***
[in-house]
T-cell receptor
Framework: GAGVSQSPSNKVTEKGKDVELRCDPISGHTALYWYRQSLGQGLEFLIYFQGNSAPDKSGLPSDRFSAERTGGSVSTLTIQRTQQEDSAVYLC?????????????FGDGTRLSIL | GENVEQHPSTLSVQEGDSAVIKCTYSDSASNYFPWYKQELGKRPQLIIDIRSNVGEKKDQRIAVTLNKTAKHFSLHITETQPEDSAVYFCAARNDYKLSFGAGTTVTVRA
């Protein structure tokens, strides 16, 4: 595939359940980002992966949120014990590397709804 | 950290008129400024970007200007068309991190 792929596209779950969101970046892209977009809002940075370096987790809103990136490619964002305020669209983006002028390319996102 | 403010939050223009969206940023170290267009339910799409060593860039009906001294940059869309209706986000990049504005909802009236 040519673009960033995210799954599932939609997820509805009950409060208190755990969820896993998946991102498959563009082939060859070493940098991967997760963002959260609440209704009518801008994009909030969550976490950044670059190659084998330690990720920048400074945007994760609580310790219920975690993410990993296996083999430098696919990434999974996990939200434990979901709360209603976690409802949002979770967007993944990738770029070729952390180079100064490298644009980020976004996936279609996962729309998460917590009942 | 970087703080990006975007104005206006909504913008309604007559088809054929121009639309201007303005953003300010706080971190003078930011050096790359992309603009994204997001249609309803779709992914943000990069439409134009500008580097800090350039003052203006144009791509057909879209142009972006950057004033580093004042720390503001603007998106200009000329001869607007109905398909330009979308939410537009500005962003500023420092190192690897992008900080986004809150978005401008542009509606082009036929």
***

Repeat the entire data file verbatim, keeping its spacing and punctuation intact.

[in-house]
T-cell receptor
Framework: GAGVSQSPSNKVTEKGKDVELRCDPISGHTALYWYRQSLGQGLEFLIYFQGNSAPDKSGLPSDRFSAERTGGSVSTLTIQRTQQEDSAVYLC?????????????FGDGTRLSIL | GENVEQHPSTLSVQEGDSAVIKCTYSDSASNYFPWYKQELGKRPQLIIDIRSNVGEKKDQRIAVTLNKTAKHFSLHITETQPEDSAVYFCAARNDYKLSFGAGTTVTVRA
């Protein structure tokens, strides 16, 4: 595939359940980002992966949120014990590397709804 | 950290008129400024970007200007068309991190 792929596209779950969101970046892209977009809002940075370096987790809103990136490619964002305020669209983006002028390319996102 | 403010939050223009969206940023170290267009339910799409060593860039009906001294940059869309209706986000990049504005909802009236 040519673009960033995210799954599932939609997820509805009950409060208190755990969820896993998946991102498959563009082939060859070493940098991967997760963002959260609440209704009518801008994009909030969550976490950044670059190659084998330690990720920048400074945007994760609580310790219920975690993410990993296996083999430098696919990434999974996990939200434990979901709360209603976690409802949002979770967007993944990738770029070729952390180079100064490298644009980020976004996936279609996962729309998460917590009942 | 970087703080990006975007104005206006909504913008309604007559088809054929121009639309201007303005953003300010706080971190003078930011050096790359992309603009994204997001249609309803779709992914943000990069439409134009500008580097800090350039003052203006144009791509057909879209142009972006950057004033580093004042720390503001603007998106200009000329001869607007109905398909330009979308939410537009500005962003500023420092190192690897992008900080986004809150978005401008542009509606082009036929």